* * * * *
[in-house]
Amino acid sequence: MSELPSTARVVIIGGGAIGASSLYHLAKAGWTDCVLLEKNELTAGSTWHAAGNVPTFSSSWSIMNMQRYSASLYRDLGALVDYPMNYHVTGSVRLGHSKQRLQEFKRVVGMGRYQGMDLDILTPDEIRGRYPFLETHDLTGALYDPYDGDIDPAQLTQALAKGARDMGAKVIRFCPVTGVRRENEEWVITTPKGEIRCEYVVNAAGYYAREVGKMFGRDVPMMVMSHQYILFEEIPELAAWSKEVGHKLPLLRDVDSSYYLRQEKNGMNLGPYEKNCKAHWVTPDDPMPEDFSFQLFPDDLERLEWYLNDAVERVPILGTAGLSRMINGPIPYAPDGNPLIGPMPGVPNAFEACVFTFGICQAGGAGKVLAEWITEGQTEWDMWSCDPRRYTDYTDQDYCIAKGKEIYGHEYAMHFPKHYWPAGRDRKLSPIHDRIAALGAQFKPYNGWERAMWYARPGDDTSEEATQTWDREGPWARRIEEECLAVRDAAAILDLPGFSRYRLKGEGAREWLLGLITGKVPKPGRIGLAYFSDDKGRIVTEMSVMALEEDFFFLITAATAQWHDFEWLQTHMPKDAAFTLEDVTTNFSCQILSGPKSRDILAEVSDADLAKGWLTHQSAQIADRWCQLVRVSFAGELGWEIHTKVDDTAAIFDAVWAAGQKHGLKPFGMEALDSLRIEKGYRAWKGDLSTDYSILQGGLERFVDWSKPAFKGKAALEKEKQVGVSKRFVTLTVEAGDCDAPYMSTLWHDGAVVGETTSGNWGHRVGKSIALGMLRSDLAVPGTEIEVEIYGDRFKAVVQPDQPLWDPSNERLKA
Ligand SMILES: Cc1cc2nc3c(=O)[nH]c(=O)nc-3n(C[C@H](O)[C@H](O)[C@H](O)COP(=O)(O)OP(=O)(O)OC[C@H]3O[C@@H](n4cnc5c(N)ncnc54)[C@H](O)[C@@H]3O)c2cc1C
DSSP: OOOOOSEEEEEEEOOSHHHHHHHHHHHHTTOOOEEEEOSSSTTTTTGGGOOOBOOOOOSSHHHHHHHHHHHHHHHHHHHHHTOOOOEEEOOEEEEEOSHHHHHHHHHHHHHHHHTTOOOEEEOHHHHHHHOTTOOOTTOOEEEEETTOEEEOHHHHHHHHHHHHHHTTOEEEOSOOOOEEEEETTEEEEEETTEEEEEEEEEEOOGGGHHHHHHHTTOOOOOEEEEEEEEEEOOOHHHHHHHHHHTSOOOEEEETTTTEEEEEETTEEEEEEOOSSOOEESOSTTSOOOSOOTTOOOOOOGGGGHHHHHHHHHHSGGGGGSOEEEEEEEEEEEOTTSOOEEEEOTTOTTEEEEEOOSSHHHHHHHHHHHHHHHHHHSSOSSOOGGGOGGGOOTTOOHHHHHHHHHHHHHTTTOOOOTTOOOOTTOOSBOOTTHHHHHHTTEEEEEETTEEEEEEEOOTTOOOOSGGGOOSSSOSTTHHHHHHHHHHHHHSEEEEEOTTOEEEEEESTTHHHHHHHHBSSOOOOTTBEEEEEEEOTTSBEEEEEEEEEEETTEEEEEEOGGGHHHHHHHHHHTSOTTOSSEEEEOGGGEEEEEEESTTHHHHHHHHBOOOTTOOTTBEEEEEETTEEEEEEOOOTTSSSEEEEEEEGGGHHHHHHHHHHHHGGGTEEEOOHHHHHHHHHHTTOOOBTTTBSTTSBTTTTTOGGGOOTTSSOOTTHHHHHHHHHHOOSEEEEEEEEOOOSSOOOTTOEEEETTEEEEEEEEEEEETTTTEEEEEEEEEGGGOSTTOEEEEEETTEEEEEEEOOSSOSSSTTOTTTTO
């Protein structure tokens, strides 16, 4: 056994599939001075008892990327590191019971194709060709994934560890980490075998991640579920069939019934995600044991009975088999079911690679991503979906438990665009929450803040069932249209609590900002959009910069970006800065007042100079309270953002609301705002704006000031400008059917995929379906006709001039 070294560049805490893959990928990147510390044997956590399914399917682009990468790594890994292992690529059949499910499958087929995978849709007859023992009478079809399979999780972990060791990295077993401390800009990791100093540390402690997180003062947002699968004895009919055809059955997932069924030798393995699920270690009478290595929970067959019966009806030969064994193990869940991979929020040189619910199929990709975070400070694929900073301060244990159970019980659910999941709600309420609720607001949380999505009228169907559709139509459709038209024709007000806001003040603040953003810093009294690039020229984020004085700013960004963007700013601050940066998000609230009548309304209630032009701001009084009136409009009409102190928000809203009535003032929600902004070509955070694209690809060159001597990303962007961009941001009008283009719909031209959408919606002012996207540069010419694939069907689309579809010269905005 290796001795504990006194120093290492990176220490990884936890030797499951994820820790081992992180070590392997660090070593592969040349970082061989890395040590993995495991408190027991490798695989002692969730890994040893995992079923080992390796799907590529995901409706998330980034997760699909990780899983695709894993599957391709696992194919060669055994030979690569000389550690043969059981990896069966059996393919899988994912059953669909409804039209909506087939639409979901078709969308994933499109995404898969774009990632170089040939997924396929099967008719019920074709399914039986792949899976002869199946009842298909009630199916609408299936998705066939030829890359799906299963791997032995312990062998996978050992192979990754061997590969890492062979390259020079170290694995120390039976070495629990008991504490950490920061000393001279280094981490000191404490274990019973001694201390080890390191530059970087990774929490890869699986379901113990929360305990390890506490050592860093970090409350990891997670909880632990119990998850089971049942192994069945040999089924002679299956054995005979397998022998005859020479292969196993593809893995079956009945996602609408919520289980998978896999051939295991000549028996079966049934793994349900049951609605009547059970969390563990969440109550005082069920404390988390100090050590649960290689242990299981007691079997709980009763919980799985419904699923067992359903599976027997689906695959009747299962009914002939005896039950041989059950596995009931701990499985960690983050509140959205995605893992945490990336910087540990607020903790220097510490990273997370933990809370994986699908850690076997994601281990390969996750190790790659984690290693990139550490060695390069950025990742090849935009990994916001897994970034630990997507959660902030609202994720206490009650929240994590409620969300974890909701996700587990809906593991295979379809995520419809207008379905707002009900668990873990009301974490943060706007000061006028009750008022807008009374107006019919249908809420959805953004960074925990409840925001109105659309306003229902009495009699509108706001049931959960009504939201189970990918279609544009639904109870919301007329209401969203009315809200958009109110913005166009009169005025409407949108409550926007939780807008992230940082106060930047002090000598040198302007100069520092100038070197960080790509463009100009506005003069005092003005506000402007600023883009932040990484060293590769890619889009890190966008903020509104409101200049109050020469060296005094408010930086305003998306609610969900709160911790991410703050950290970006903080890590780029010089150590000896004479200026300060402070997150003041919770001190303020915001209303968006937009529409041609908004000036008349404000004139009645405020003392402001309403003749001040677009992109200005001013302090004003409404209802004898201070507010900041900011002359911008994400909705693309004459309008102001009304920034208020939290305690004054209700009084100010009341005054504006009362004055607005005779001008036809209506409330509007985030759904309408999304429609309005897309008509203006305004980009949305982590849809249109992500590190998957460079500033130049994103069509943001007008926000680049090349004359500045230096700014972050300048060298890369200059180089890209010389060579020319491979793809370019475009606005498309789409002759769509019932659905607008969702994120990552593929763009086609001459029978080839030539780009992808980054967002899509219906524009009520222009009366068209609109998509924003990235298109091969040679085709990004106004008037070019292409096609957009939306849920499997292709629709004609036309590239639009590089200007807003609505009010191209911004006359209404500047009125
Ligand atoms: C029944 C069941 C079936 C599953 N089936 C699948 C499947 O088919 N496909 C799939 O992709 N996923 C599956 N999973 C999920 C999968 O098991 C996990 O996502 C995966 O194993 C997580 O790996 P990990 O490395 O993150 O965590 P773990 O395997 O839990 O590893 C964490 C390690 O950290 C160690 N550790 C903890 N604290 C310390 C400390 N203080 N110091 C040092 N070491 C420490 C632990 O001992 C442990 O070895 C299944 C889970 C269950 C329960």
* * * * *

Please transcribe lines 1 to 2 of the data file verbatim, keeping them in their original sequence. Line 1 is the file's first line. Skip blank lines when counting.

[in-house]
Amino acid sequence: MSELPSTARVVIIGGGAIGASSLYHLAKAGWTDCVLLEKNELTAGSTWHAAGNVPTFSSSWSIMNMQRYSASLYRDLGALVDYPMNYHVTGSVRLGHSKQRLQEFKRVVGMGRYQGMDLDILTPDEIRGRYPFLETHDLTGALYDPYDGDIDPAQLTQALAKGARDMGAKVIRFCPVTGVRRENEEWVITTPKGEIRCEYVVNAAGYYAREVGKMFGRDVPMMVMSHQYILFEEIPELAAWSKEVGHKLPLLRDVDSSYYLRQEKNGMNLGPYEKNCKAHWVTPDDPMPEDFSFQLFPDDLERLEWYLNDAVERVPILGTAGLSRMINGPIPYAPDGNPLIGPMPGVPNAFEACVFTFGICQAGGAGKVLAEWITEGQTEWDMWSCDPRRYTDYTDQDYCIAKGKEIYGHEYAMHFPKHYWPAGRDRKLSPIHDRIAALGAQFKPYNGWERAMWYARPGDDTSEEATQTWDREGPWARRIEEECLAVRDAAAILDLPGFSRYRLKGEGAREWLLGLITGKVPKPGRIGLAYFSDDKGRIVTEMSVMALEEDFFFLITAATAQWHDFEWLQTHMPKDAAFTLEDVTTNFSCQILSGPKSRDILAEVSDADLAKGWLTHQSAQIADRWCQLVRVSFAGELGWEIHTKVDDTAAIFDAVWAAGQKHGLKPFGMEALDSLRIEKGYRAWKGDLSTDYSILQGGLERFVDWSKPAFKGKAALEKEKQVGVSKRFVTLTVEAGDCDAPYMSTLWHDGAVVGETTSGNWGHRVGKSIALGMLRSDLAVPGTEIEVEIYGDRFKAVVQPDQPLWDPSNERLKA